5. Diversify With a Roth 401(k)

A growing proportion of employers now offer a Roth 401(k) option in which workers can save after-tax dollars, and distributions are tax-free in retirement. A Roth 401(k) generally offers the biggest benefits to young and low-income workers who expect to be in a higher tax bracket later in their career, but it can also add tax diversification and flexibility to the portfolios of people closer to retirement.

6. Don't Cash Out Early

Most workers switch jobs several times over the course of their career, which means they need to decide what to do with the 401(k) balance at their former employer. It can be tempting to spend the cash, but workers who withdraw money from their 401(k) account before age 59 1/2 face a 10% early withdrawal penalty and must pay income tax on the amount withdrawn.

Early withdrawals also cause you to miss out on valuable compound interest that is essential for building a large nest egg. "This money needs to be put away for retirement, and that's all it needs to be used for," says Carolyn McClanahan, a certified financial planner for Life Planning Partners in Jacksonville, Florida.

7. Rollover Without Fees

When you change jobs, you can generally leave your 401(k) balance at your former company or roll it over to an IRA or your new employer's 401(k) plan. If you decide to move your money, ask your former employer to directly transfer the balance to the new financial institution instead of cutting you a check, which will help you to avoid taxes and penalties.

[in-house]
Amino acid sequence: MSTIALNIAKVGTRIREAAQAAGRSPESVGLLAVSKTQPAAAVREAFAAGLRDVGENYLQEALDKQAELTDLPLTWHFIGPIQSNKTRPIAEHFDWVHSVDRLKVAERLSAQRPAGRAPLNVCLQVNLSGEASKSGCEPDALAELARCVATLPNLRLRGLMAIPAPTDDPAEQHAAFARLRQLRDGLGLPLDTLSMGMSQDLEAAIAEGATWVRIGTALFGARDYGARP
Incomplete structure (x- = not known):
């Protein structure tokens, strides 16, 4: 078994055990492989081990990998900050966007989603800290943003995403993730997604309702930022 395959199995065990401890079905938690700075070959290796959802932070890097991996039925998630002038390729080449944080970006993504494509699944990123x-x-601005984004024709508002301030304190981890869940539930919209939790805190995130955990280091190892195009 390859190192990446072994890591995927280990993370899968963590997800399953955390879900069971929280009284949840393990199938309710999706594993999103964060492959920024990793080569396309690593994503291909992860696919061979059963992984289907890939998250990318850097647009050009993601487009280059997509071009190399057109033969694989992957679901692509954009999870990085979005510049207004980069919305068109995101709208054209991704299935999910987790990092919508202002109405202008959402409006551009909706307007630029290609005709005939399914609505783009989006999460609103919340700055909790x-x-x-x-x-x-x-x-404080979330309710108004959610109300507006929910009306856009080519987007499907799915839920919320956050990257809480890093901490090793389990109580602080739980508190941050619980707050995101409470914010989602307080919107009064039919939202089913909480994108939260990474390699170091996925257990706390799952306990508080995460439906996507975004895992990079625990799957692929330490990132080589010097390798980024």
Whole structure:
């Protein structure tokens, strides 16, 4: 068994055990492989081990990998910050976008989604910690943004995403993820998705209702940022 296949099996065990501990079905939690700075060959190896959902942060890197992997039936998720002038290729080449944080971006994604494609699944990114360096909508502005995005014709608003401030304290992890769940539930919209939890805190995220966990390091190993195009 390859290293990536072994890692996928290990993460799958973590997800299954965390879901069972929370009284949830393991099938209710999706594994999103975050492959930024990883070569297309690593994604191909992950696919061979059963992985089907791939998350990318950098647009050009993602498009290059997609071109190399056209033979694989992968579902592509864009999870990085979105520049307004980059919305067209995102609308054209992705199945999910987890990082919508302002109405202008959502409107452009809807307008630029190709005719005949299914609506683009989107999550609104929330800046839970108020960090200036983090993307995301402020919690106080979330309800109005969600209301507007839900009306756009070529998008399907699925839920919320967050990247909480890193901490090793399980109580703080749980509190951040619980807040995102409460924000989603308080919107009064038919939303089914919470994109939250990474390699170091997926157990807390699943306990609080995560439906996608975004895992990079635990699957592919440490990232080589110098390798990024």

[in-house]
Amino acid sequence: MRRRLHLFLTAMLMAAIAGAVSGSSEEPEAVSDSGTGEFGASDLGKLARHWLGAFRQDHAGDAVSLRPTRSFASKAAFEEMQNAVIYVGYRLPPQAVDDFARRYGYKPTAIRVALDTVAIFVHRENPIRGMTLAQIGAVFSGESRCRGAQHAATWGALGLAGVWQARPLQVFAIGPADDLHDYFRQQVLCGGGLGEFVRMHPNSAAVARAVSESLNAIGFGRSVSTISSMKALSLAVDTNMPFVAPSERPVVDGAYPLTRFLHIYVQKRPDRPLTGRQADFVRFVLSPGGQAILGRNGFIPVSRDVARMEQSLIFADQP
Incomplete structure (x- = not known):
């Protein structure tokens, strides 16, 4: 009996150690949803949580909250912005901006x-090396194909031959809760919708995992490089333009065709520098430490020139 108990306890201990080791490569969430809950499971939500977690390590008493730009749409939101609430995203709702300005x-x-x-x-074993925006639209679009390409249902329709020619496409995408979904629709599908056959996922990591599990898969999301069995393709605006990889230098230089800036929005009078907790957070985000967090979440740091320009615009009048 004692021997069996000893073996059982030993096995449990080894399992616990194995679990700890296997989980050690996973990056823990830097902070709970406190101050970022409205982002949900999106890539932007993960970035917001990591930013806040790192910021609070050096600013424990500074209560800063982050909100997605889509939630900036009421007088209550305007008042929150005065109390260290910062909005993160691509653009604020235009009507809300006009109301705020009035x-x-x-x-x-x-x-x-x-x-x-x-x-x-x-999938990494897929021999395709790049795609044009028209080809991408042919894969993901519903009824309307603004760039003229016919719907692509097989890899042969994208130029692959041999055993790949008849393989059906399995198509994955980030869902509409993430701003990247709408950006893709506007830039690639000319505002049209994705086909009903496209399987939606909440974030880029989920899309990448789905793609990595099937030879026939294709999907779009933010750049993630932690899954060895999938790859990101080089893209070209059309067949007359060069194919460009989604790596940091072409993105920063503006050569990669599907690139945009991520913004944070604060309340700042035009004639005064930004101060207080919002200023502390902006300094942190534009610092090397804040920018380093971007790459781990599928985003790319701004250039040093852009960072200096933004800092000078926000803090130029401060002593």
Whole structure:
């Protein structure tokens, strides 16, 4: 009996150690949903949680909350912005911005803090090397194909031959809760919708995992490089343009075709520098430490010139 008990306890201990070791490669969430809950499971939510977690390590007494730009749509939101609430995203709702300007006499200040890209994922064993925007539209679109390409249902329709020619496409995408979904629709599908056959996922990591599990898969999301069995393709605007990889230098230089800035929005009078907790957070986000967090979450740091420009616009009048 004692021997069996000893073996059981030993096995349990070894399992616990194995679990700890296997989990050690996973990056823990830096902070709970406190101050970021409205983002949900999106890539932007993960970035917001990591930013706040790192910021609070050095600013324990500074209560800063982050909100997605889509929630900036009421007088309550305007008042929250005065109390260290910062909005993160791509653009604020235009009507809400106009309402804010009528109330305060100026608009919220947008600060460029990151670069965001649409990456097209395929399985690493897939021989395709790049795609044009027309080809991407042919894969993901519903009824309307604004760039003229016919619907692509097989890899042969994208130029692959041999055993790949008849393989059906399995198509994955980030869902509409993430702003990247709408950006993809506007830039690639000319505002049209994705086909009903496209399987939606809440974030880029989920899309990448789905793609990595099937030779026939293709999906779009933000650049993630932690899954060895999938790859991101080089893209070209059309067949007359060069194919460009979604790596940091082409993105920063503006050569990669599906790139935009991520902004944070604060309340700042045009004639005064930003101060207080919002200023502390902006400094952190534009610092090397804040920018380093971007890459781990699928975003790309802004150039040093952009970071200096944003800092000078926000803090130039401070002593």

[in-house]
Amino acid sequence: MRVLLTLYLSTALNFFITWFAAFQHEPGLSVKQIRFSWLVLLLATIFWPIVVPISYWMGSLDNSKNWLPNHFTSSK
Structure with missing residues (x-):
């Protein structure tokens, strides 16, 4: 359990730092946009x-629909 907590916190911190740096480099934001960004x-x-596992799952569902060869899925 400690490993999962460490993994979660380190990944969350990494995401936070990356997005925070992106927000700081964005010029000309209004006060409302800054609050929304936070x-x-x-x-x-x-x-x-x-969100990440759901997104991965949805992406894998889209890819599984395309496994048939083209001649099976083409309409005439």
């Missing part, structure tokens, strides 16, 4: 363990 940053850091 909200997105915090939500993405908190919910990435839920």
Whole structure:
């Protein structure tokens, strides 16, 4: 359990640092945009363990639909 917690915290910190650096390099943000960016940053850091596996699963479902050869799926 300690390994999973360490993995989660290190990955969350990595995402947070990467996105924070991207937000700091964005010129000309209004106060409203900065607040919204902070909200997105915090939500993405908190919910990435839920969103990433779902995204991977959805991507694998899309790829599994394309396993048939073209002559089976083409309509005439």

8. Minimize Fees

Investment options with high fees will significantly reduce your 401(k) balance over the course of your career. "Some 401(k) investments have very high costs, and you should pick the lowest-cost investment in your 401(k) plan that also matches your risk tolerance," McClanahan says. "If it's a high-cost 401(k) plan, then maybe consider saving in an IRA instead of the 401(k) after you get the match."

The U.S. Department of Labor requires 401(k) plans to send each participant an annual fee disclosure statement that lists the costs of every fund in the plan. "If the funds are bad and the fees are high, start making noise to your human resources department and see about getting the plan changed," Clark says.

9. Diversify Your Assets

Your 401(k) account could lose money, but you can minimize that risk by choosing a mix of stock and bond funds that is appropriate for your risk tolerance and periodically rebalancing your portfolio to your target allocation. "As you approach retirement, shift a portion of your 401(k) to less-volatile mutual funds to preserve your capital," Clark says.

But avoid making significant changes to your 401(k) investment strategy on a whim. "The worst thing that you can do besides not participating is to attempt to time the market or change your investments every time you hear some economic news or story that could impact the market," Kelley says. "Stay the course."

10. Remember Required Minimum Distributions

After age 72, you are required to take annual distributions from your 401(k). The penalty for failing to withdraw the correct amount is a stiff 50% of the amount that should have been withdrawn. Make sure you take required minimum distributions each year in retirement to avoid the penalty.